Allergy Emergencies – Using the Epi Pen
The physicians comprising the Allergy and Asthma Associates, or AACOS, continually diagnose, treat and educate patients with allergies. For some, allergic reactions become life-threatening, which necessitates using an emergency epi pen.
The emergency may occur within minutes after becoming exposed to a trigger substance. The reaction involves the immune system interpreting an allergen as a threat. The body immediately signals antibodies, which release chemicals that create a number of symptoms. These symptoms may include hives, itching and swelling. More severe reactions jeopardize the airway and include throat-closing, chest-tightening and wheezing as swelling and inflammation travel inward.
The emergency requires an epi pen when available. The device contains a predetermined amount of medication called epinephrine. Using an emergency epi pen requires removing the device from its protective container. The person intending to administer the medication must then grasp the pen firmly, with orange tip pointing downward. Remove the blue safety lid on the top of the pen. At a 90-degree angle, forcefully push the orange tip of the epi pen into the patient’s outer thigh until hearing a click. Hold the pen in place for approximately 10 seconds. There is no need to remove clothing. Following administration, massage the site for another 10 seconds. Call for emergency assistance, and place the device back into its carrying case.
Foods that most often trigger an allergy emergency include cow’s milk, eggs and nuts, along with shellfish, soy and wheat flour. The severity of the reaction depends on a variety of factors that include the amount of the causative food consumed, whether the food was cooked, processed or raw and whether other foods were ingested with the allergen. Some patients are so sensitive to certain foods that even smelling a food or being in the same room where it is being cooked can trigger a severe reaction.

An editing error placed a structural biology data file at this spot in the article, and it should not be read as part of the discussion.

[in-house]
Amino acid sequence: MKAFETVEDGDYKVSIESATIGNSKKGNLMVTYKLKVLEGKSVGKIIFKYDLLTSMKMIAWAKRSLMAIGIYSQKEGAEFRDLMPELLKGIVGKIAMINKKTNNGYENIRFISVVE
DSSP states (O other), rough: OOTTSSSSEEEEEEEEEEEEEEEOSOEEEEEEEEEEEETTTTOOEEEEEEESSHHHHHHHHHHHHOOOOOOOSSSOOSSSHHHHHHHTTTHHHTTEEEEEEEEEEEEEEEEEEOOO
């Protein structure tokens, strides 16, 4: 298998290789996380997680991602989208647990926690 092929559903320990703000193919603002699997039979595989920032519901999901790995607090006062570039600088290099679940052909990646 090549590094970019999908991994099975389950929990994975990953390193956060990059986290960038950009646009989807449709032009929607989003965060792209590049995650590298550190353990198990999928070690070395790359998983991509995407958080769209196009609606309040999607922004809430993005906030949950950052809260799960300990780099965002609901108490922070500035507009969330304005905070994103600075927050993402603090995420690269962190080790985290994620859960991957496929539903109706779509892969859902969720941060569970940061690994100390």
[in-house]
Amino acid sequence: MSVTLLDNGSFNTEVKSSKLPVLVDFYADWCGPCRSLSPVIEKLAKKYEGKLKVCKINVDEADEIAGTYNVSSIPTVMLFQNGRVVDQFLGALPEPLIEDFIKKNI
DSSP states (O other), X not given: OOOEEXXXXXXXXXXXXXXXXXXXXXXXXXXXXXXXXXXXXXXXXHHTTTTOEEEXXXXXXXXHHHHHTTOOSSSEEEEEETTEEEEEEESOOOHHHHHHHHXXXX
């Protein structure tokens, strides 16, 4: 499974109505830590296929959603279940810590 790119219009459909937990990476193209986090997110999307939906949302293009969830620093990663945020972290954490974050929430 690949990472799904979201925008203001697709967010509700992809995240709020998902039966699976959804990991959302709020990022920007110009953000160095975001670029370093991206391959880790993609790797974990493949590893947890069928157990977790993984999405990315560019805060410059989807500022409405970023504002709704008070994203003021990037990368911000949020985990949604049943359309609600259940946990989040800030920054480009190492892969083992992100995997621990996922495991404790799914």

Insect Bites or Stings
Under normal circumstances, bites or stings resolve with little or no intervention. However, around 4 percent of the population experience an allergy emergency that may become a life-threatening situation. These people generally learn to take extra precautions when outdoors and typically carry an epi pen. Patients with an insect allergy can usually be desensitized to this allergic reaction with allergy shots.
Most never give a second thought to the many everyday items that contain latex rubber. However, around 10 percent of the population experience severe reactions to the substance, which poses a health risk. Careful avoidance of high levels of latex, such as that found in latex gloves, balloons or condoms is very important to these patients.
While any medication can cause an allergic reaction, some of the most common culprits include penicillin, other antibiotics, aspirin, ibuprofen, insulin, pain medications, and cancer medications. Susceptible patients often wear a medical alert bracelet in the event of an emergency, which cautions healthcare providers against administering the medication.
If you have any questions or concerns about allergy emergencies or how to use your epi-pen the providers at AACOS would be glad to help. To make an appointment call 719-473-0872 or toll free 800-634-1741